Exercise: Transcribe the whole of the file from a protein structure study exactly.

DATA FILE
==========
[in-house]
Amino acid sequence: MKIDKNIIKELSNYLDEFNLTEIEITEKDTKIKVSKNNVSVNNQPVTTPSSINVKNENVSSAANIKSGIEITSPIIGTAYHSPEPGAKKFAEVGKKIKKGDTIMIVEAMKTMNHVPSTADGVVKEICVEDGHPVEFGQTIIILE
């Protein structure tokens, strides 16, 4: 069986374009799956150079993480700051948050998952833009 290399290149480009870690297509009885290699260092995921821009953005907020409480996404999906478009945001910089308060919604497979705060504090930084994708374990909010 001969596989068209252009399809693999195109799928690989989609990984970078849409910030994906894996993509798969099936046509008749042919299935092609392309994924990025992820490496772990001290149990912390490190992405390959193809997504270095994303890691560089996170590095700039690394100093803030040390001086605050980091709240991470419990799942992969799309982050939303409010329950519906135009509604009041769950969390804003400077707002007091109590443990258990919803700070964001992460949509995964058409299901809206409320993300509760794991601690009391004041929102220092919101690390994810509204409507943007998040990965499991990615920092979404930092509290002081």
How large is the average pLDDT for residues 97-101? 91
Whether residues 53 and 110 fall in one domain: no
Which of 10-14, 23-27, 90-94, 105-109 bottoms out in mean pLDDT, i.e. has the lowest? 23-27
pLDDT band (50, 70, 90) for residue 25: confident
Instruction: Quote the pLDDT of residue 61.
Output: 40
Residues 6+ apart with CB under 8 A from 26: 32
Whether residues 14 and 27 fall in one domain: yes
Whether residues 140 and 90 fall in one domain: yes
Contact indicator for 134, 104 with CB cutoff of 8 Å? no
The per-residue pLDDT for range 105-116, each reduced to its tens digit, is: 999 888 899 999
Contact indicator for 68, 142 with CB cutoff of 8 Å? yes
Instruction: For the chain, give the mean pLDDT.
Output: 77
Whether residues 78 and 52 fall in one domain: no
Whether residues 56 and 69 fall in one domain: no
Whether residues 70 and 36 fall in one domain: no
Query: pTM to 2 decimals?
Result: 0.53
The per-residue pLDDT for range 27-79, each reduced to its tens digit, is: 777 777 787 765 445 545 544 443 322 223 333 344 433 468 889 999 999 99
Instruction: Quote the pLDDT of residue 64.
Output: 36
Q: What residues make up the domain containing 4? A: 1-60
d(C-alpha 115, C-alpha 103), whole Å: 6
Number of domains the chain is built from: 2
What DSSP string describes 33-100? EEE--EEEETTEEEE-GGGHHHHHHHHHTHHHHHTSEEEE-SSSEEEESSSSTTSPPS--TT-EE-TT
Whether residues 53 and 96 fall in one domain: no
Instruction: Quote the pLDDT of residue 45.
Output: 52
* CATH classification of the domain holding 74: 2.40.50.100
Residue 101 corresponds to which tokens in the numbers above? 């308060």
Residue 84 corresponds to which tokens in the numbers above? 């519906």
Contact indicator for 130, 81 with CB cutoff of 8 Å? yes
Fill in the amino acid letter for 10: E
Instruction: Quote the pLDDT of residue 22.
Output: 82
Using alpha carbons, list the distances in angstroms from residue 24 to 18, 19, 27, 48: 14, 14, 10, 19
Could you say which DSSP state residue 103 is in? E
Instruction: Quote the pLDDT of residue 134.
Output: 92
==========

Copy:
[in-house]
Amino acid sequence: MKIDKNIIKELSNYLDEFNLTEIEITEKDTKIKVSKNNVSVNNQPVTTPSSINVKNENVSSAANIKSGIEITSPIIGTAYHSPEPGAKKFAEVGKKIKKGDTIMIVEAMKTMNHVPSTADGVVKEICVEDGHPVEFGQTIIILE
């Protein structure tokens, strides 16, 4: 069986374009799956150079993480700051948050998952833009 290399290149480009870690297509009885290699260092995921821009953005907020409480996404999906478009945001910089308060919604497979705060504090930084994708374990909010 001969596989068209252009399809693999195109799928690989989609990984970078849409910030994906894996993509798969099936046509008749042919299935092609392309994924990025992820490496772990001290149990912390490190992405390959193809997504270095994303890691560089996170590095700039690394100093803030040390001086605050980091709240991470419990799942992969799309982050939303409010329950519906135009509604009041769950969390804003400077707002007091109590443990258990919803700070964001992460949509995964058409299901809206409320993300509760794991601690009391004041929102220092919101690390994810509204409507943007998040990965499991990615920092979404930092509290002081």
How large is the average pLDDT for residues 97-101? 91
Whether residues 53 and 110 fall in one domain: no
Which of 10-14, 23-27, 90-94, 105-109 bottoms out in mean pLDDT, i.e. has the lowest? 23-27
pLDDT band (50, 70, 90) for residue 25: confident
Instruction: Quote the pLDDT of residue 61.
Output: 40
Residues 6+ apart with CB under 8 A from 26: 32
Whether residues 14 and 27 fall in one domain: yes
Whether residues 140 and 90 fall in one domain: yes
Contact indicator for 134, 104 with CB cutoff of 8 Å? no
The per-residue pLDDT for range 105-116, each reduced to its tens digit, is: 999 888 899 999
Contact indicator for 68, 142 with CB cutoff of 8 Å? yes
Instruction: For the chain, give the mean pLDDT.
Output: 77
Whether residues 78 and 52 fall in one domain: no
Whether residues 56 and 69 fall in one domain: no
Whether residues 70 and 36 fall in one domain: no
Query: pTM to 2 decimals?
Result: 0.53
The per-residue pLDDT for range 27-79, each reduced to its tens digit, is: 777 777 787 765 445 545 544 443 322 223 333 344 433 468 889 999 999 99
Instruction: Quote the pLDDT of residue 64.
Output: 36
Q: What residues make up the domain containing 4? A: 1-60
d(C-alpha 115, C-alpha 103), whole Å: 6
Number of domains the chain is built from: 2
What DSSP string describes 33-100? EEE--EEEETTEEEE-GGGHHHHHHHHHTHHHHHTSEEEE-SSSEEEESSSSTTSPPS--TT-EE-TT
Whether residues 53 and 96 fall in one domain: no
Instruction: Quote the pLDDT of residue 45.
Output: 52
* CATH classification of the domain holding 74: 2.40.50.100
Residue 101 corresponds to which tokens in the numbers above? 């308060």
Residue 84 corresponds to which tokens in the numbers above? 């519906």
Contact indicator for 130, 81 with CB cutoff of 8 Å? yes
Fill in the amino acid letter for 10: E
Instruction: Quote the pLDDT of residue 22.
Output: 82
Using alpha carbons, list the distances in angstroms from residue 24 to 18, 19, 27, 48: 14, 14, 10, 19
Could you say which DSSP state residue 103 is in? E
Instruction: Quote the pLDDT of residue 134.
Output: 92